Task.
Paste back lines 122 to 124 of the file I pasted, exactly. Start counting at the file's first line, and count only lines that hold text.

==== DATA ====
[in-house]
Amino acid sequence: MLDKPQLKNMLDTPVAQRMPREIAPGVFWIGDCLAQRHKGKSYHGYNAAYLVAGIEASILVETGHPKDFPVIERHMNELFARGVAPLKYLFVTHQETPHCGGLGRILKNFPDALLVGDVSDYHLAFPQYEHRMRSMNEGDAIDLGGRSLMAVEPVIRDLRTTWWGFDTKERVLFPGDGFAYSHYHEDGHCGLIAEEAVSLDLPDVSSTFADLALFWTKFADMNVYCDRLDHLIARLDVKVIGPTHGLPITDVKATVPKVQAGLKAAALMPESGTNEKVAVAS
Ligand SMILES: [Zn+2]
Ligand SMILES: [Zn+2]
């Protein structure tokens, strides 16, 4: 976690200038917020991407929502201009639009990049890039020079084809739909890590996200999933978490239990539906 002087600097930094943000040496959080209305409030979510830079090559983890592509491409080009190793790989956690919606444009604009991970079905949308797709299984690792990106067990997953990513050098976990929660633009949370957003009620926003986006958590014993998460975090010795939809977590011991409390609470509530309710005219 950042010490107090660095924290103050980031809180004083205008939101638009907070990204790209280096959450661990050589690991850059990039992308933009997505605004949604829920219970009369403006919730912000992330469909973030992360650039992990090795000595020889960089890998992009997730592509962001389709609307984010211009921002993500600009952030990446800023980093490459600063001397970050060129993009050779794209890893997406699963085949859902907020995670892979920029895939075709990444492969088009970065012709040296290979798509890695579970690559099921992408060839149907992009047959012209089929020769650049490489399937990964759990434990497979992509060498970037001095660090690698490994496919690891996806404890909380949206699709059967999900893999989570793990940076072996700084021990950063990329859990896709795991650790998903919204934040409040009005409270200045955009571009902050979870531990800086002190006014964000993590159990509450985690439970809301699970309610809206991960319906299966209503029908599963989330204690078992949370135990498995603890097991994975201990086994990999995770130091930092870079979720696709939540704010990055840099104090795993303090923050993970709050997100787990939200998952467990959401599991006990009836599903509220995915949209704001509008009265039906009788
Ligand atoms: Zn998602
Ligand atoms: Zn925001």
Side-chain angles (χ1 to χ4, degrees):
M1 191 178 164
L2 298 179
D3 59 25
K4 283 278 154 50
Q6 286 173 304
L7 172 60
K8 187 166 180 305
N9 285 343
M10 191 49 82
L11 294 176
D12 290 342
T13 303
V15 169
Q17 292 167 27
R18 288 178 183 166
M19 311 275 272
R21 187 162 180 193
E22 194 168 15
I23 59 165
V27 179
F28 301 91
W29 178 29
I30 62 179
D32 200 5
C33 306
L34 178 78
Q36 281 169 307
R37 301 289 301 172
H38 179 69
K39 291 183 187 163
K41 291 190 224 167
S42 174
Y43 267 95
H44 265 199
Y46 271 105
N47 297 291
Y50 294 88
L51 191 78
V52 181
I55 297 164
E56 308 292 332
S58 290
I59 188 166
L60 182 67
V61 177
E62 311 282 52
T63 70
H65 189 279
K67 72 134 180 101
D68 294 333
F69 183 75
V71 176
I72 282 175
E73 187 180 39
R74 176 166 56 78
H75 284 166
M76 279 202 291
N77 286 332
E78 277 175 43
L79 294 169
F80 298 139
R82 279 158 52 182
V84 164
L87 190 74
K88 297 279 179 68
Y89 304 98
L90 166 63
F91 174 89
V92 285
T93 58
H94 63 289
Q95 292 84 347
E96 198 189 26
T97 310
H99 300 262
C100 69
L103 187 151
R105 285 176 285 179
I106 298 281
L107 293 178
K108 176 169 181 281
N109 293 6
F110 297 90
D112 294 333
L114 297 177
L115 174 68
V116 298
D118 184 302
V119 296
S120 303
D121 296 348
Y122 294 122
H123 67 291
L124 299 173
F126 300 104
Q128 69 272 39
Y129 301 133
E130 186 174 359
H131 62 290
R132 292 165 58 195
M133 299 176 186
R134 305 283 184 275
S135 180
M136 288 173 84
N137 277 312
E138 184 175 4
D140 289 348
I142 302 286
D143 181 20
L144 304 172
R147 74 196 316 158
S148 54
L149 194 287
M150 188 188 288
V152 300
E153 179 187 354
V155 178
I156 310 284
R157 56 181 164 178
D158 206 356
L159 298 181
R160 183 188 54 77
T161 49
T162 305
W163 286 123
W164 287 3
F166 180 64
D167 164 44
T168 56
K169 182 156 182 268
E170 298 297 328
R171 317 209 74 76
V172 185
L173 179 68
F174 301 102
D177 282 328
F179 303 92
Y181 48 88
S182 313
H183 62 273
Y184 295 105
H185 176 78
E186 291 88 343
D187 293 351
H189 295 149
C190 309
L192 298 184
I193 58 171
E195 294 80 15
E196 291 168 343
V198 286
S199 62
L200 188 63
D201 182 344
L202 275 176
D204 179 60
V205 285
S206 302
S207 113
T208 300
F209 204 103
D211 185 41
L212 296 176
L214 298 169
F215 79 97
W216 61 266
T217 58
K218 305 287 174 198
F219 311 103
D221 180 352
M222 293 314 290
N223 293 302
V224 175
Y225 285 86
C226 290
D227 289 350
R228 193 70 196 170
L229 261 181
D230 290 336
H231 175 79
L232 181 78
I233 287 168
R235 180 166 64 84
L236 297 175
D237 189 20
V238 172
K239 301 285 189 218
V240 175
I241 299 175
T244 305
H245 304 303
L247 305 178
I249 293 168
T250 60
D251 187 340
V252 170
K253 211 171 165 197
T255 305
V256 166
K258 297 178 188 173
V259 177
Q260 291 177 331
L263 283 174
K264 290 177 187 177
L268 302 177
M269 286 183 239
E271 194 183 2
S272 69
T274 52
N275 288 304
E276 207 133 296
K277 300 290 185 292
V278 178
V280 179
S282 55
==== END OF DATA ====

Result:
M150 188 188 288
V152 300
E153 179 187 354